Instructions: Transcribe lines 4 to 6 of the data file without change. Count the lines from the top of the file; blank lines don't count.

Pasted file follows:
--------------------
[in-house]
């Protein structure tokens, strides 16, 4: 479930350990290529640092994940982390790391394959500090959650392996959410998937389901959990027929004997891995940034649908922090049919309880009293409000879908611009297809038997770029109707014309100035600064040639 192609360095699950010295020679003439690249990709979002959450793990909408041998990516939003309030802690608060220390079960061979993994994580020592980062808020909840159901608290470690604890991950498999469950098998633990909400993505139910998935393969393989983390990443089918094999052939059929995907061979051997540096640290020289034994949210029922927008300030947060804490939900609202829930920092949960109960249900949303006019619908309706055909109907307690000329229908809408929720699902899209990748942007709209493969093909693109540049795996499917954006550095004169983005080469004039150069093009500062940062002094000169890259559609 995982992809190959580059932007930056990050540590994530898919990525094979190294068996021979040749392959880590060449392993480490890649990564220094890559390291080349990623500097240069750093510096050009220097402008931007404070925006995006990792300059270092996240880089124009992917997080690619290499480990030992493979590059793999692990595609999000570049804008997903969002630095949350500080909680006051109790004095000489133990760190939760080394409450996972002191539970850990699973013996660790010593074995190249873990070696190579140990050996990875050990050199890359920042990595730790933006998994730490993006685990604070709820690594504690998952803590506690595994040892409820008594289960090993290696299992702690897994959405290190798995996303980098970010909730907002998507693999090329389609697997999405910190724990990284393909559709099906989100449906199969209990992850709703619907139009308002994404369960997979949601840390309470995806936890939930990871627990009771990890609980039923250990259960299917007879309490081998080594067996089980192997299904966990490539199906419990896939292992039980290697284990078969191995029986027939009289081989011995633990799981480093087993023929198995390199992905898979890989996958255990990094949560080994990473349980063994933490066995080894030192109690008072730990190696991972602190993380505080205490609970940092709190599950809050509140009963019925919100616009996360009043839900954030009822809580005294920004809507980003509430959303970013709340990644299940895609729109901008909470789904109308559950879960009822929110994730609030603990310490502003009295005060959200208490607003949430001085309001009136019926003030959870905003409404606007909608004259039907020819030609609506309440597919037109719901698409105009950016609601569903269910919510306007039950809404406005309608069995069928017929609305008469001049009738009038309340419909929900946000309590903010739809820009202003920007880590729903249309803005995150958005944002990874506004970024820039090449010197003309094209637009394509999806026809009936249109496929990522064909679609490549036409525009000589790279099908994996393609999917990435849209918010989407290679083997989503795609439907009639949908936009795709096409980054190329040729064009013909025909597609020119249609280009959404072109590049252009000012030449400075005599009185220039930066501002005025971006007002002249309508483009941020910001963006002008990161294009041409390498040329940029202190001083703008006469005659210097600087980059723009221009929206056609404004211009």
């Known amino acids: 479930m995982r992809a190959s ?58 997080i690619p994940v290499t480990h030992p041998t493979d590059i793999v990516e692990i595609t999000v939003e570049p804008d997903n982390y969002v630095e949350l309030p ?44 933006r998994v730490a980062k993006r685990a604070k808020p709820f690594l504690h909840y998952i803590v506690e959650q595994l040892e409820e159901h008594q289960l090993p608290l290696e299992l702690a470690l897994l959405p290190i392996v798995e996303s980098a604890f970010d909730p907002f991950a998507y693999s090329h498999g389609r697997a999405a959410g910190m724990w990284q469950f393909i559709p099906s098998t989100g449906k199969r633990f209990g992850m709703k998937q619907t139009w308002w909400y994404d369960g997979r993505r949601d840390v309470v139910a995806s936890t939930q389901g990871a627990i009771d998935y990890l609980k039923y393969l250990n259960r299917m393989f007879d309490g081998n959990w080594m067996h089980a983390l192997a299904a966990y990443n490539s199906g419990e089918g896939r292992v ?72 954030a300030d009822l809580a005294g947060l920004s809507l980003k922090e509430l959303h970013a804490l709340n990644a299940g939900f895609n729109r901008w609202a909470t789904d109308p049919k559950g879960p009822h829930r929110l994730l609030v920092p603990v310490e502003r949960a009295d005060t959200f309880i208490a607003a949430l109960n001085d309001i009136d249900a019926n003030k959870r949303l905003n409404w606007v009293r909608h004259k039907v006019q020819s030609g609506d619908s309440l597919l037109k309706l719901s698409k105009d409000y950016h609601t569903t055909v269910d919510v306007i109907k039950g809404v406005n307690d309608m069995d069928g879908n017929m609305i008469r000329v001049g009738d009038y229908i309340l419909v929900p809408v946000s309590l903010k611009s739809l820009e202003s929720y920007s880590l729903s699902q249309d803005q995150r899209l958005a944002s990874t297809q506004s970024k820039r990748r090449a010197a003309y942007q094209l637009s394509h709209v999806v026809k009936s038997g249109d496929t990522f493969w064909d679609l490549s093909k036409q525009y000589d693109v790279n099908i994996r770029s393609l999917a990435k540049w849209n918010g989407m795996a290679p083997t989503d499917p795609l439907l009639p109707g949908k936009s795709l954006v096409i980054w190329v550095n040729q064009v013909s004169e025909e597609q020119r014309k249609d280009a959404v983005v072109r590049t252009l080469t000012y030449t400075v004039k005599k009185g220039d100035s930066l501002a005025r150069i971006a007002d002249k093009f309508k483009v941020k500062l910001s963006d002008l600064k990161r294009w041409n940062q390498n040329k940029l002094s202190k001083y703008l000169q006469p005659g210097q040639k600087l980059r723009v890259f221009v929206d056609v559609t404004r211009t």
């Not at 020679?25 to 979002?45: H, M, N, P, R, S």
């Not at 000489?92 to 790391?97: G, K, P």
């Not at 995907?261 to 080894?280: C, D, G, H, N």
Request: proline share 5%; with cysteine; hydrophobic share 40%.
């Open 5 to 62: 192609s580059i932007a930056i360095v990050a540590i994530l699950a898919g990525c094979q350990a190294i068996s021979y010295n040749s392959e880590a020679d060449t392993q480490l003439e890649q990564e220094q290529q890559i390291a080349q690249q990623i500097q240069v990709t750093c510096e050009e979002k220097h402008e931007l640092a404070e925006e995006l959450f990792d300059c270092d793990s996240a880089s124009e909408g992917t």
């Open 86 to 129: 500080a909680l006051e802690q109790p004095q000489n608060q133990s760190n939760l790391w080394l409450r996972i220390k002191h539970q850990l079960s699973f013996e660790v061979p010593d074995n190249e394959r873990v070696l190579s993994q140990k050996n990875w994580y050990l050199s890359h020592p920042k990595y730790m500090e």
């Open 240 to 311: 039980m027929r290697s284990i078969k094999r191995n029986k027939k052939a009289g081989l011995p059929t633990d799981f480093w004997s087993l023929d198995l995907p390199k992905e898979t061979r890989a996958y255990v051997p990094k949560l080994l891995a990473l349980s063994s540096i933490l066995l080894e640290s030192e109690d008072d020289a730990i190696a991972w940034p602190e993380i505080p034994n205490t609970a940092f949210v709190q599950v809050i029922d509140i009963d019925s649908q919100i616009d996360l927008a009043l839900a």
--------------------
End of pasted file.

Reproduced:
């Not at 020679?25 to 979002?45: H, M, N, P, R, S």
């Not at 000489?92 to 790391?97: G, K, P």
């Not at 995907?261 to 080894?280: C, D, G, H, N």